Her message is, the cereal isn't the issue. Obviously! Getting to the root of the issue; a child being scared about a test, or a child who was formerly starved, or past pain, gets the child calm, and THEN you can deal with the actual behaviors.  If all you addressed were the disrespect, that is the mowing over the weed and forgetting the root.  To root out, you need to dig deeper, address the pain first and THEN come up with new ways to express frustration or fear.
 What about Apologies?
This is the tricky part.
I have always insisted on an apology. Usually they come naturally, as we are all apologizers. :) We have had one of our girls say, "Well I'm not sorry!"  I have told her, it doesn't matter. It is the right thing to do. So we worded it, as, "It was wrong to hit you, or be snotty to you,  will you forgive me!"  
That takes the "lie" out of it. LOL  AND we ALWAYS deal with the Spiritual along with correction.  We pray. We talk faith, and what God's laws are and how we NEED a SAVIOR, mama and daddy too. None of us do what is right,all the time,  we ALL sin. We need to pray that God will HELP us to be sorry if we are not.
This usually causes our hypervigilant children to relax as they know they are not the only ones, even if they are the only ones at that moment. :)
 Parenting hurt children is a wild ride!  We parents..... get to go along for the ride; but it is much better if we take the driver's seat and slow the car down, making sure everybody stays safe. :)
Of course all circumstances are not the same.  If a child is significantly older, and you can easily be overpowered, it may be that some tweaking is needed.   A 12 year old may do best calming themselves with you near them, IN their room.   They may need 20 minutes and then you can sit next to each other and attempt to snuggle.  A calming understanding voice makes all the difference in the world.  I have seen my girls hearts melt when my voice gives them the understanding and reassurance they so need.  Just saying, “It’s gonna be ok!” has an amazing effect.
I am a rather tall person, so holding a 12 year old isn’t that hard.
But if you are 5’1″, it may be a lot harder.   If a child NEEDS to be rocked, or snuggled, do what you can to find that comfortable position, so it can happen.
A word about EYE CONTACT:
We do not force it.  Of course, many want to say if a child doesn’t make eye contact they are not attached or are unattached. I don’t think this is true. I think sometimes they are too ashamed.  To force it, is too harsh.  We do encourage eye contact, but not in the height of the moment.  When we are talking many times it is at the END of our conversation that eye contact is established.  And for one of our little girls, (Our Sweetie 2),  she just gets too nervous during a serious talk. Eye contact makes her have nervous laughter.  She HATES it when that happens, so we wait for her to be relaxed.  It works very well.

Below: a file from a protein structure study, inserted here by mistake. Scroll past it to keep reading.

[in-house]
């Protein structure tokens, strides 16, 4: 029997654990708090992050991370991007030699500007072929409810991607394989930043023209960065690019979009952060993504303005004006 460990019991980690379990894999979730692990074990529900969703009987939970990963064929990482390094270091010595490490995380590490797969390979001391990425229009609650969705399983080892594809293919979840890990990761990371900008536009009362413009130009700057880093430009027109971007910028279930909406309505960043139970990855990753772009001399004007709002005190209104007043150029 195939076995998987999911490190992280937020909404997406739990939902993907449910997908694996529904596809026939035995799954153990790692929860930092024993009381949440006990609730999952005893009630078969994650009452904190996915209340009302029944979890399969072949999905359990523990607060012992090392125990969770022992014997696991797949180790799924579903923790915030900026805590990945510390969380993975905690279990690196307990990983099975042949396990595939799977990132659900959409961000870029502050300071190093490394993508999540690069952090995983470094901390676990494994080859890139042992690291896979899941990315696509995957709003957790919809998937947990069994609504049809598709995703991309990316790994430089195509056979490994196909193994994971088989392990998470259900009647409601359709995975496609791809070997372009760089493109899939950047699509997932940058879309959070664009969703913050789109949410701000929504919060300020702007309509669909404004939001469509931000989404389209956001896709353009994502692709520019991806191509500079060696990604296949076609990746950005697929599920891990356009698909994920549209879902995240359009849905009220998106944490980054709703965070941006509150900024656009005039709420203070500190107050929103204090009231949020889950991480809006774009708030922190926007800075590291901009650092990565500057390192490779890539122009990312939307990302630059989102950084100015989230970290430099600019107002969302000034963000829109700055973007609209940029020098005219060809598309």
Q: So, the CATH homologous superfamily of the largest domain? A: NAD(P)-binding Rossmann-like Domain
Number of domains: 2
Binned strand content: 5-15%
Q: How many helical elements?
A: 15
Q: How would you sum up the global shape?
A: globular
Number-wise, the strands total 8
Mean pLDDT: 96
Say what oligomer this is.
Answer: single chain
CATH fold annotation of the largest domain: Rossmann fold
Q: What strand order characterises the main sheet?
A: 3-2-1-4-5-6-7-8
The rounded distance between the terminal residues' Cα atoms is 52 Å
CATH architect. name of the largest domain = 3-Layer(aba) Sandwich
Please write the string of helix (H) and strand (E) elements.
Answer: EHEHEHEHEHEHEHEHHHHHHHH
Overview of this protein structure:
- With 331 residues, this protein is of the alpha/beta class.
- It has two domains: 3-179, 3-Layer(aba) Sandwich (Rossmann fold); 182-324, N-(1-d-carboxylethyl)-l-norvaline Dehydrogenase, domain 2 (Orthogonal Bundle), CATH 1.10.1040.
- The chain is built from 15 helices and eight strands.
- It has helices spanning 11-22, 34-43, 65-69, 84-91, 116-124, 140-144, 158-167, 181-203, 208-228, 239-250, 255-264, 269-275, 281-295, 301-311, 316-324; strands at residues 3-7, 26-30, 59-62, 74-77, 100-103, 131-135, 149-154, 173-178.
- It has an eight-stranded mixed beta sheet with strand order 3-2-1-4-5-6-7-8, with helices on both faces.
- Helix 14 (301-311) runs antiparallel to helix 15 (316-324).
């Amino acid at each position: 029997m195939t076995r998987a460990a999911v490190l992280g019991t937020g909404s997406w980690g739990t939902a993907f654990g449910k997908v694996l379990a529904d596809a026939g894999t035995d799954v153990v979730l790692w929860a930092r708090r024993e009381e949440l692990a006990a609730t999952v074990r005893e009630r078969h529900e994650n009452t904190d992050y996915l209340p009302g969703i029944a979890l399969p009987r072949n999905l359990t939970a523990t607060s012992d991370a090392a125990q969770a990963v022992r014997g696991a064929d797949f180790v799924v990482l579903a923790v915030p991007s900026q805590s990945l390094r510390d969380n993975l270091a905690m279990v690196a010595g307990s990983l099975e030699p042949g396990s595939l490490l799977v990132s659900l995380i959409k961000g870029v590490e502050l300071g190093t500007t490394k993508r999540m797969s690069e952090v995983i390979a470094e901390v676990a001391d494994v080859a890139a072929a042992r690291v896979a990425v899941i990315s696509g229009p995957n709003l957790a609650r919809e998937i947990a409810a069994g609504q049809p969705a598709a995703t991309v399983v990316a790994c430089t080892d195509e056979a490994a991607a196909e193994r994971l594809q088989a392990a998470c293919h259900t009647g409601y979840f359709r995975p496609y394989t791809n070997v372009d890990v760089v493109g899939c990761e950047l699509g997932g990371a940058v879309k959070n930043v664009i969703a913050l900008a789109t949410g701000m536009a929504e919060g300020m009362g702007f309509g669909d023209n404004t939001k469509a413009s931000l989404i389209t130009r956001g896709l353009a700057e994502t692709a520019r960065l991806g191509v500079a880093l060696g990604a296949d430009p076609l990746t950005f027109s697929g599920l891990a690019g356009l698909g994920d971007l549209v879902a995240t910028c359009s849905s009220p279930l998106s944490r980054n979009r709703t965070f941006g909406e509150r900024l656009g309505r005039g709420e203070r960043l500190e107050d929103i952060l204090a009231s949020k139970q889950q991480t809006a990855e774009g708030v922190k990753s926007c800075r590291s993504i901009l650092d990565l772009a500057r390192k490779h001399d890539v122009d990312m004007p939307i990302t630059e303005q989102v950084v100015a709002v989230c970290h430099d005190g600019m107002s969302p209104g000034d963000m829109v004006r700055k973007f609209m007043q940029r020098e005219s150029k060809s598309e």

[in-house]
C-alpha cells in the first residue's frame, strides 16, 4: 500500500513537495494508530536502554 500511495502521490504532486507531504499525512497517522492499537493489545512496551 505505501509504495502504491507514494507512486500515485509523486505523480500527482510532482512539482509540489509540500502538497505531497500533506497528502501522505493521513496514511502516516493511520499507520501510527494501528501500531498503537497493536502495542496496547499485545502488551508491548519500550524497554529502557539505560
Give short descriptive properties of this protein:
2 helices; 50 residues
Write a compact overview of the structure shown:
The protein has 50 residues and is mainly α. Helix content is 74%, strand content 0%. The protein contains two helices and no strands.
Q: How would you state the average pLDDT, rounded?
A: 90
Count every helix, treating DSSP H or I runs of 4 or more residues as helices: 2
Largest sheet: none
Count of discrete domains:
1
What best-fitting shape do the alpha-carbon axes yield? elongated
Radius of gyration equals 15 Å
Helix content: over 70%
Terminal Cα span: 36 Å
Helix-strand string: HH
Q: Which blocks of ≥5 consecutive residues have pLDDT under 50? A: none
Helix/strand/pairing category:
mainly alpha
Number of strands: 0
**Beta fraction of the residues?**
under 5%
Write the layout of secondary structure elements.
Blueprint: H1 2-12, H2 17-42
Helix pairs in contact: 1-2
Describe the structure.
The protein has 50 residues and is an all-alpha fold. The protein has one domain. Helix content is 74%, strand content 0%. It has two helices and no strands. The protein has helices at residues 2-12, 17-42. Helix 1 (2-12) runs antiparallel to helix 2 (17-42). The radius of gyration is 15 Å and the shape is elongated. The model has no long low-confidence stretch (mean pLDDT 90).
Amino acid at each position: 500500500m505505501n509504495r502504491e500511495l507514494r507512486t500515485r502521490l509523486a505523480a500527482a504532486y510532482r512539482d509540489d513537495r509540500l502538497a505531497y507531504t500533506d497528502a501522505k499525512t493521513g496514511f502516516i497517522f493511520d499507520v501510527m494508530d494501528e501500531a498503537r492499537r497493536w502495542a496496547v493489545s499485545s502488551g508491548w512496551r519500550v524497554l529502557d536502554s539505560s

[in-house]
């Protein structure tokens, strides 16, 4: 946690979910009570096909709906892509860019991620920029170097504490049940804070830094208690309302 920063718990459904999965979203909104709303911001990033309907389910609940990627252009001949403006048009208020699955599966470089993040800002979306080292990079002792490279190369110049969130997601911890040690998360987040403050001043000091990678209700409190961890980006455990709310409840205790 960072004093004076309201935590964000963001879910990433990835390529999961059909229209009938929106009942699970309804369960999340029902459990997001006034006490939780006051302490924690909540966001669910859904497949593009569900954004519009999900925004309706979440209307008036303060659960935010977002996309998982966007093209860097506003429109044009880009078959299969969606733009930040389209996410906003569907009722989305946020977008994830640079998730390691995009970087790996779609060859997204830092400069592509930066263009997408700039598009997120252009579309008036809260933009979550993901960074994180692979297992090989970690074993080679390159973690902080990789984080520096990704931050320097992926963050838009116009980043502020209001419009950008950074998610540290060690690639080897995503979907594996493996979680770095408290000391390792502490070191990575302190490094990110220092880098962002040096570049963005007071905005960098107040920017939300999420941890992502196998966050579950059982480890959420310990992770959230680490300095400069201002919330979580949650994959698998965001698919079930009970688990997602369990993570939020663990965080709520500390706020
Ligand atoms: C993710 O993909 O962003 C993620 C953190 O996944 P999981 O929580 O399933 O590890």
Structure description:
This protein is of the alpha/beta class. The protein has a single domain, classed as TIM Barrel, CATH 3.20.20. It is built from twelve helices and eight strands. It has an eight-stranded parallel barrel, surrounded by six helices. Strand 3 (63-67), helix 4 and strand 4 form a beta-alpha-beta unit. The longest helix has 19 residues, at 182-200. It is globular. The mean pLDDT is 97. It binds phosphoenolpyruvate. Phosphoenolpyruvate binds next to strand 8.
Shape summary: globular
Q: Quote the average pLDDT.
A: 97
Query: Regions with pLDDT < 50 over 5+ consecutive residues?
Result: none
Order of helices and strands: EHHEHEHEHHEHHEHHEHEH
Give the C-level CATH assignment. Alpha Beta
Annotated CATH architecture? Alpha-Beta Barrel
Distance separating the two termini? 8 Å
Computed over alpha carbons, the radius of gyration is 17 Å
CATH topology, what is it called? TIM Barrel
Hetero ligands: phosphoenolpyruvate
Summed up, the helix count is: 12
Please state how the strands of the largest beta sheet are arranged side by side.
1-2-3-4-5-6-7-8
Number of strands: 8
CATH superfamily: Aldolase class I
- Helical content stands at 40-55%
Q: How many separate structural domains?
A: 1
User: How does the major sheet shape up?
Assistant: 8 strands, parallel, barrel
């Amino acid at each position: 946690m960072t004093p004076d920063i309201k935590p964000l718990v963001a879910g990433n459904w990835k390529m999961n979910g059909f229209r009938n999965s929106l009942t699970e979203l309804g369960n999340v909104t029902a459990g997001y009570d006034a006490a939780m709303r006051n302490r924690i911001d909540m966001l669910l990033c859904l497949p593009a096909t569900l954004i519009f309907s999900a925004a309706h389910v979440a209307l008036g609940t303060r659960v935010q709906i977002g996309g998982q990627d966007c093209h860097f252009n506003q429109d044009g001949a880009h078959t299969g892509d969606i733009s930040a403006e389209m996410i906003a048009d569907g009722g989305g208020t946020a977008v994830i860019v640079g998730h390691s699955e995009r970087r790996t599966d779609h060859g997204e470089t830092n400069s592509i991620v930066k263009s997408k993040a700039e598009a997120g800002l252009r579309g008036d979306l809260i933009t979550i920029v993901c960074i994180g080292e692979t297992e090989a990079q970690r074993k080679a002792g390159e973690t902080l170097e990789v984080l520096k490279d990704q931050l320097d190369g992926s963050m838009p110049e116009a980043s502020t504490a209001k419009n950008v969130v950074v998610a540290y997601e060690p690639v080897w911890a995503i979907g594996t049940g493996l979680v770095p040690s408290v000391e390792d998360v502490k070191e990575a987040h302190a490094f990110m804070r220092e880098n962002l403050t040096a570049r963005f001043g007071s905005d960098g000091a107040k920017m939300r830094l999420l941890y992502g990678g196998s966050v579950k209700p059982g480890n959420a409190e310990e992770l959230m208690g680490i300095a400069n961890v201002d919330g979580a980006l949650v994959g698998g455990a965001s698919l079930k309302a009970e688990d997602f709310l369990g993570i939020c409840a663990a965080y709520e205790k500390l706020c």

About Miss Sweetie:
I have truly been amazed how quickly she has grown. Our one year anniversary is coming up fast and she is really looking forward to it. I have much to share that will be reserved for our one year celebration post.  She is a brave, amazing little girl! 🙂 And HEALING TRULY HAPPENS! We are living it! 🙂
Don’t EVER, EVER, EVER, EVER, give up! Never, EVER, EVER! EVER. 🙂

Adopting Older Children

There is much going on in the news about adoption, about older adopted children, about the possibilities of RAD, (Reactive Attachment Disorder) PTSD ,(Post Traumatic Stress Disorder) and FAS. (Fetal Alcohol Syndrome) And if  those children can have successful adoptions.

I would like to explain what I  believe happens to children when they have abuse and neglect or alcohol exposure, and WHY I feel, “traditional” parenting, in these cases many times does not work, or why I believe it could cause delay in attachment and healing, and unnecessary hardship on all.

Because of trauma…. our children can be all over the age spectrum. They may be 11 in their body, but 3 emotionally.  When parenting them, you really have to understand if they are 3, that is where you parent them.  It is one of the hardest concepts to grasp, because you don’t WANT them to be 3. You want to reason with them like an 11 year old…
What we have found, is if you reach them where they are… those gaps will fill in and your child will no longer be fragmented.

In my own children’s cases, they all have vastly different backgrounds and experiences, the one thing that we have found that DOES work, is a consistent, unconditionally loving, stable, environment, where they were allowed to go through the grief process and heal.

Yes, our children grieved.  When they realized that their normal, all those years wasn’t really normal, they finally allowed themselves to grieve.  If we can see the different stages our kids go through clearly, we will recognize grief.

There is NO way to determine how a child will react to a new family. If that could be predicted, there would be a whole lot of “do it this way” books out there.